Nav: Home

Tropical Cyclone Son-Tinh makes landfall and NASA examines its trail of rainfall

July 19, 2018

Tropical Cyclone Son-Tinh made landfall in Vietnam and left a trail of heavy rainfall in its wake. NASA's Global Precipitation Measurement mission or GPM core satellite provided an estimate of that soggy trail through the Gulf of Tonkin.

Tropical storm Son-Tinh struck Hainan Island, China and was headed toward northern Vietnam when the GPM core observatory satellite passed over the Gulf of Tonkin, South China Sea on July 17, 2018 at 6:49 p.m. EDT (2249 UTC). Data collected by GPM revealed that heavy rainfall was already occurring in the Gulf of Tonkin well to the west of tropical storm Son-Tinh's center of circulation.

GPM is a joint mission between NASA and the Japan Aerospace Exploration Agency, JAXA. GPM's Microwave Imager (GMI) and Dual-Frequency Precipitation Radar (DPR) data showed the locations of heavy rainfall in storms in the western Gulf of Tonkin. GPM's radar (DPR Ku Band) scans of that stormy area revealed that precipitation was dropping at a rate of well over 97 mm (3.8 inches) per hour.

At NASA's Goddard Space Flight Center in Greenbelt, Maryland a simulated 3-D observation of precipitation in the Gulf of Tonkin was created with data collected by GPM's radar (DPR Ku Band). The 3-D view showed heavy downpours were returning strong radar echoes to the GPM satellite. Storm tops in the most powerful storms were found by DPR to reach heights of about 16 km (9.9 miles).

At 5 p.m. EDT (2100 UTC) on July 18, Tropical Storm Son-Tinh made landfall in northern Vietnam and the Joint Typhoon Warning Center issued their final warning on the system. At that time, it had maximum sustained winds near 45 knots (52 mph/83 kph). It was located near 19.0 degrees north latitude and 105.5 degrees east longitude, about 122 nautical miles south of Hanoi, Vietnam. Son-Tinh was moving to the west at 12 knots (13.8 mph/22.2 kph).

Son-Tinh brought heavy rainfall over northern Vietnam and Laos and is expected to dissipate soon.

For updated forecasts from the Vietnam Meteorological and Hydrological Administration, visit: http://www.nchmf.gov.vn
-end-


NASA/Goddard Space Flight Center

Related Precipitation Articles:

NASA observes Tropical Storm Dora dissipating rapidly
Two days of satellite imagery from the Global Precipitation Measurement mission or GPM core satellite showed that Dora, formerly a hurricane, went from generating moderate rainfall to barely any rainfall.
Forecasting strong precipitation -- the potential of potential deformation
A new parameter, called potential deformation (PD), is used in a simulated mesoscale convective system (MCS) to examine its performance in precipitation diagnosis.
Dartmouth-led study finds heavier precipitation in the northeast began in 1996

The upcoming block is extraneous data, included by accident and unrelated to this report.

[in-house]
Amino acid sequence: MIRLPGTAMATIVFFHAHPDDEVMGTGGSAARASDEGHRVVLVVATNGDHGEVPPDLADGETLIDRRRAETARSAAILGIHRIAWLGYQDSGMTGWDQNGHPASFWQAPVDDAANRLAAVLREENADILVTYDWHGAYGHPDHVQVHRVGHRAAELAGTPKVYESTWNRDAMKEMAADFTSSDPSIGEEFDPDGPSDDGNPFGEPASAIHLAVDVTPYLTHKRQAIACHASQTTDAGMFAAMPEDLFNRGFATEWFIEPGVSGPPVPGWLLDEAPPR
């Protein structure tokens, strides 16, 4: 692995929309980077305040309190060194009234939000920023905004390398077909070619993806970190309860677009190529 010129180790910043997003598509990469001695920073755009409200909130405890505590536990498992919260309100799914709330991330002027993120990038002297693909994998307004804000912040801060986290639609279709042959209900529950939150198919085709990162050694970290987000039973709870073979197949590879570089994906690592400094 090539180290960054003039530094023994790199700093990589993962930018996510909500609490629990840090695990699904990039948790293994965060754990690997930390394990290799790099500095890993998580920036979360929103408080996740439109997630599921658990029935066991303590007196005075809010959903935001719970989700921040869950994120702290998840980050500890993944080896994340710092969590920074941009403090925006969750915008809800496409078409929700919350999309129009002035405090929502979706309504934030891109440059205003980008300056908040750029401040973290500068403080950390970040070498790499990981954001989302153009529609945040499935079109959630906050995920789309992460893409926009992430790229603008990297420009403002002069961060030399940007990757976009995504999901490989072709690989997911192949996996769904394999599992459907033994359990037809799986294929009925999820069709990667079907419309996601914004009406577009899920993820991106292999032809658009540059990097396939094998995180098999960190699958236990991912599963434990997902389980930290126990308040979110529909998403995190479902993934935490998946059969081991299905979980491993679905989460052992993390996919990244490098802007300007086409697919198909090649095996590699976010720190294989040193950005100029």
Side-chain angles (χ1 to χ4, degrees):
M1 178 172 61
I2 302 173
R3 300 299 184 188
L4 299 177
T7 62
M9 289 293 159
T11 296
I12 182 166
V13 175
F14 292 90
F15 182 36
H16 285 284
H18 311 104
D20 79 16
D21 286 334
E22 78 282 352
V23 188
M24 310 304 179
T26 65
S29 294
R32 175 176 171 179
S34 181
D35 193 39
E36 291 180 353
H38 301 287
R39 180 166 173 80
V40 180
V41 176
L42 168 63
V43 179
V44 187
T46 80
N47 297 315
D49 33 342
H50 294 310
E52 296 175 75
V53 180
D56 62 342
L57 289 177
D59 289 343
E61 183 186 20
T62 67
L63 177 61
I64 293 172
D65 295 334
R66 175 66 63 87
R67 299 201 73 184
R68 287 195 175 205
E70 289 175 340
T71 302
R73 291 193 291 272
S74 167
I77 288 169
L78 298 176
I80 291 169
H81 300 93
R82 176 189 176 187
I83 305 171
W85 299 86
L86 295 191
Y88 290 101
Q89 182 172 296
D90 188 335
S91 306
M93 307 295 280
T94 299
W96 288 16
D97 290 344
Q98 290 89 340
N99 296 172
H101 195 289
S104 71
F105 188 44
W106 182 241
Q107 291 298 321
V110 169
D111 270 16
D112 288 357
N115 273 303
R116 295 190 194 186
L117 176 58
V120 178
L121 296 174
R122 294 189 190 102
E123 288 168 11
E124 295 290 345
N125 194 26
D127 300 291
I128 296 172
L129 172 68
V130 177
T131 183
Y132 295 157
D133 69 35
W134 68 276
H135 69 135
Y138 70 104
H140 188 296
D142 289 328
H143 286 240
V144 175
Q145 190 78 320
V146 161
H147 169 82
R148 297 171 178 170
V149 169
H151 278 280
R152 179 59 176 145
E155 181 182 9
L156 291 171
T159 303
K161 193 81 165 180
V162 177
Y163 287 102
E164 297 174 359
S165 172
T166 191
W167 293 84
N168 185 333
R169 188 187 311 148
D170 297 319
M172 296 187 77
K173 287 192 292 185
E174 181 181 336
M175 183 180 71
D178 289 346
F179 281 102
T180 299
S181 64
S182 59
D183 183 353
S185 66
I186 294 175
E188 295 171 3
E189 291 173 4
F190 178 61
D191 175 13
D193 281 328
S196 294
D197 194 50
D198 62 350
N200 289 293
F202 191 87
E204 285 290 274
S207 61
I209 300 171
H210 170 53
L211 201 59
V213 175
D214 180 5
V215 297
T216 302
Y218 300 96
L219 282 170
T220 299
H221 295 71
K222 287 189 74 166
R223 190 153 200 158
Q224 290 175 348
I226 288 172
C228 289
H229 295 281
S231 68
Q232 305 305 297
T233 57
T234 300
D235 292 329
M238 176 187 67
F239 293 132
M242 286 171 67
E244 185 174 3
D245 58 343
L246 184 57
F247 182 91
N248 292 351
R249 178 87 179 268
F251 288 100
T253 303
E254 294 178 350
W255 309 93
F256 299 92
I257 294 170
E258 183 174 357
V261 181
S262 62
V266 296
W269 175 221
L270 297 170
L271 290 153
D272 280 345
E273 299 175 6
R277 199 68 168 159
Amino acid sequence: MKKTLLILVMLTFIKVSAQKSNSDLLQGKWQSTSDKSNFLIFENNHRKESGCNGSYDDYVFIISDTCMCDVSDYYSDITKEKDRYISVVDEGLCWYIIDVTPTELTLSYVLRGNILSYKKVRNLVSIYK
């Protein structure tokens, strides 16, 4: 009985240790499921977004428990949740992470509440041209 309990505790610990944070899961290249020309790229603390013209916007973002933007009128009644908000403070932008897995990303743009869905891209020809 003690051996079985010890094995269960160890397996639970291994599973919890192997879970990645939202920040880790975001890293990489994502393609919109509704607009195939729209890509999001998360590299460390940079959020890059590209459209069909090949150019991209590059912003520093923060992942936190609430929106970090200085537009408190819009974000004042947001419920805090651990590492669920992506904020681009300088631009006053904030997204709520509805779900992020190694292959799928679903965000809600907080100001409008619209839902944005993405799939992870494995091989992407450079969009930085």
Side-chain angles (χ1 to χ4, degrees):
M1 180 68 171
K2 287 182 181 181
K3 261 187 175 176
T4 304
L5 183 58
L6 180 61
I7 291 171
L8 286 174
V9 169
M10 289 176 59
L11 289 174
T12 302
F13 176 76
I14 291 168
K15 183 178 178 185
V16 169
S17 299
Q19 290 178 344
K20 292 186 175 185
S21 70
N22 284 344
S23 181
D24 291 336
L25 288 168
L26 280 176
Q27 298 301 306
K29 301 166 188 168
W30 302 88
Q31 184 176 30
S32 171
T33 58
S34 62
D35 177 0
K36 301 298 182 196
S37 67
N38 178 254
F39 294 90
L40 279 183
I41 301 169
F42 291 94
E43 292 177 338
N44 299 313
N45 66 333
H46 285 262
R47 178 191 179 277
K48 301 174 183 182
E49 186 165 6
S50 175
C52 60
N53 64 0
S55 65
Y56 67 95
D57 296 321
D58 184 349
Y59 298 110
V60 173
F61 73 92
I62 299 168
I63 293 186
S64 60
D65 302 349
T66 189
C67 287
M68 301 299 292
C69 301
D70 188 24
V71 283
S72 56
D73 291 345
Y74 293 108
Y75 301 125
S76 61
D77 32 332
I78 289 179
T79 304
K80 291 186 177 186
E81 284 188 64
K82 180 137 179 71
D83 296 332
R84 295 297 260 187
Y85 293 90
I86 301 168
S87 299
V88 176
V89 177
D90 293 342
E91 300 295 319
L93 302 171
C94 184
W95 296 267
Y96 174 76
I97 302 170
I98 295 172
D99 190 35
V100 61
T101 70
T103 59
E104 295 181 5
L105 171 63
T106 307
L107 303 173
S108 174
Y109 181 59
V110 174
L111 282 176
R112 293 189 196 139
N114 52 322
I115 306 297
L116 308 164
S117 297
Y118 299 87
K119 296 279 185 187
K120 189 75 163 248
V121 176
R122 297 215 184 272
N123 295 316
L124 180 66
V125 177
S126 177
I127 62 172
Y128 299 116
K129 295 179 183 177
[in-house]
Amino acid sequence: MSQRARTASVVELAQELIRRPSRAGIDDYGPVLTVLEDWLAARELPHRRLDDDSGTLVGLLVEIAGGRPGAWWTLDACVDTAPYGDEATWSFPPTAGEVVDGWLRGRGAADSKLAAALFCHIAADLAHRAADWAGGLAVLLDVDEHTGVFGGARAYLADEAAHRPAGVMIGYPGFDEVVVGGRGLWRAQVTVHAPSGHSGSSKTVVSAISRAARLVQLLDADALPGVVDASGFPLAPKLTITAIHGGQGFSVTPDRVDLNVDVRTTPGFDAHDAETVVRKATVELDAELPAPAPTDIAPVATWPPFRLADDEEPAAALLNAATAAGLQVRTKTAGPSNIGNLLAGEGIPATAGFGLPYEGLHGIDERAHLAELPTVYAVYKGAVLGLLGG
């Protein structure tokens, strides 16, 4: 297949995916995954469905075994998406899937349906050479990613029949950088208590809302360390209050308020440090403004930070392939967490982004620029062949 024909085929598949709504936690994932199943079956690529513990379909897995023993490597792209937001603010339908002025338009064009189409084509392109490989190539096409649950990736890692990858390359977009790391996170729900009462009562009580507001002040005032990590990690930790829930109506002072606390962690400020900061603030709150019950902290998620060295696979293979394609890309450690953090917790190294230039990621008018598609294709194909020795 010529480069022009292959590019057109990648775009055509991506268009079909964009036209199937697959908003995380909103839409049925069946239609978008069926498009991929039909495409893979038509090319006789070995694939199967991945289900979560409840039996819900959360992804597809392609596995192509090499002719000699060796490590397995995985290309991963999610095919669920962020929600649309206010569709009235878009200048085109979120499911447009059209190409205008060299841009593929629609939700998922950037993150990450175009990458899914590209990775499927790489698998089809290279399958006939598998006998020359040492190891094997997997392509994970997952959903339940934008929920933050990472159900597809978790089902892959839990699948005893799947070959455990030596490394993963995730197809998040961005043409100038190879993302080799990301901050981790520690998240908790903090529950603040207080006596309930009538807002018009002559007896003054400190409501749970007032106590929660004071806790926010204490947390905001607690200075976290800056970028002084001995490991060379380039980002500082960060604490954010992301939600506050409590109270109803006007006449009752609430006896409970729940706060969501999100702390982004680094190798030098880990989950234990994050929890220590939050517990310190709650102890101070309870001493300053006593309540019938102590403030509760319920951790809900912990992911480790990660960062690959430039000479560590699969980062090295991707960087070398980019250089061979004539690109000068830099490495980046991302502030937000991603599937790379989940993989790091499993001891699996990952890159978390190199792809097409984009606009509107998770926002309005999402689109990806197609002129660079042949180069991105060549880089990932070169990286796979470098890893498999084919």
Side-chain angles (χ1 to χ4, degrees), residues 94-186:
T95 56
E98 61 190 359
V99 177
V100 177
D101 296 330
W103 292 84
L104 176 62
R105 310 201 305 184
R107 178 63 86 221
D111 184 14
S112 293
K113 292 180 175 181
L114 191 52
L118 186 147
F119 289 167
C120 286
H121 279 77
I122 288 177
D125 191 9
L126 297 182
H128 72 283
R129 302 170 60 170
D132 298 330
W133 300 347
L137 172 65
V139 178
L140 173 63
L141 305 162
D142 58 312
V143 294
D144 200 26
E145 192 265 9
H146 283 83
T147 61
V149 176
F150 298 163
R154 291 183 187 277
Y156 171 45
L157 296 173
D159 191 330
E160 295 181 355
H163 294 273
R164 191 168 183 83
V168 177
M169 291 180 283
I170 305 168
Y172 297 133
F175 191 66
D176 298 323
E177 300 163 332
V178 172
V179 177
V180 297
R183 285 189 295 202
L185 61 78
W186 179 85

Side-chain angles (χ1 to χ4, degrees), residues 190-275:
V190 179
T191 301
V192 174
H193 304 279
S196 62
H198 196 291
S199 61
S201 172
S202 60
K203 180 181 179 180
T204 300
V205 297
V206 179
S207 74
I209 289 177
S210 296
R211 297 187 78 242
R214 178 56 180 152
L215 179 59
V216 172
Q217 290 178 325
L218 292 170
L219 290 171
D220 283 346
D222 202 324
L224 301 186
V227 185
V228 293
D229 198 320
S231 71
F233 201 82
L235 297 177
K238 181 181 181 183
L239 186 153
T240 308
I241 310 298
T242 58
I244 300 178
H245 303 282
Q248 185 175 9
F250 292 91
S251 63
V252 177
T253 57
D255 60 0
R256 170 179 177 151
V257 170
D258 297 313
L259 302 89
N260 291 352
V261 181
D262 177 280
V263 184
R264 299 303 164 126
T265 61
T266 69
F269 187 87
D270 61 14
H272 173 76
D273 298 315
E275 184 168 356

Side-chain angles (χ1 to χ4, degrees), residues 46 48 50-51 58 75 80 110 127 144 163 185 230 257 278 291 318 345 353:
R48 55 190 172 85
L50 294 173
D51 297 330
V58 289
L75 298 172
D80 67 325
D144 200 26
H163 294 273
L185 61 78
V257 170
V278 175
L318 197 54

Over the past century, the Northeast has experienced an increase in the number of storms with extreme precipitation.
NASA sees powerful storms with advancing monsoon in Bay of Bengal
Storms associated with the advancing monsoon in the Northern Indian Ocean's Bay of Bengal were analyzed by NASA with the GPM or Global Precipitation Measurement mission core satellite.
Understanding changes in extreme precipitation
An ETH study explores why the increase in extreme precipitation is not the same across every region.
Lake water recharged by atmospheric precipitation in the Badain Jaran Desert
The water sources for the many of the lakes in the Badain Jaran Desert have been the focus of controversy in recent years.
Microphysical differences in precipitation between Tibet and southern China
Studies of raindrop size distribution (DSD) over different regions helps to advance our understanding of DSD characteristics and provide observational facts regarding the development and evaluation of microphysical parameterization schemes in numerical models over different regions in the future.
NASA sees vertical wind shear affecting Tropical Storm Muifa
Vertical wind shear can weaken a tropical cyclone and that's what's happening to the now weaker Tropical Depression Muifa in the Northwestern Pacific Ocean.
University of Montana researcher: Heavy precipitation speeds carbon exchange in tropics
New research by the University of Montana and its partner institutions gives insight into how forests globally will respond to long-term climate change.
Antarctic Mesoscale Prediction System precipitation products prove to be reliable
The Antarctic Mesoscale Prediction System (AMPS) is a key tool--specifically, for studying precipitation over the region.

Related Precipitation Reading:

Best Science Podcasts 2019

We have hand picked the best science podcasts for 2019. Sit back and enjoy new science podcasts updated daily from your favorite science news services and scientists.
Now Playing: TED Radio Hour

Changing The World
What does it take to change the world for the better? This hour, TED speakers explore ideas on activism—what motivates it, why it matters, and how each of us can make a difference. Guests include civil rights activist Ruby Sales, labor leader and civil rights activist Dolores Huerta, author Jeremy Heimans, "craftivist" Sarah Corbett, and designer and futurist Angela Oguntala.
Now Playing: Science for the People

#521 The Curious Life of Krill
Krill may be one of the most abundant forms of life on our planet... but it turns out we don't know that much about them. For a create that underpins a massive ocean ecosystem and lives in our oceans in massive numbers, they're surprisingly difficult to study. We sit down and shine some light on these underappreciated crustaceans with Stephen Nicol, Adjunct Professor at the University of Tasmania, Scientific Advisor to the Association of Responsible Krill Harvesting Companies, and author of the book "The Curious Life of Krill: A Conservation Story from the Bottom of the World".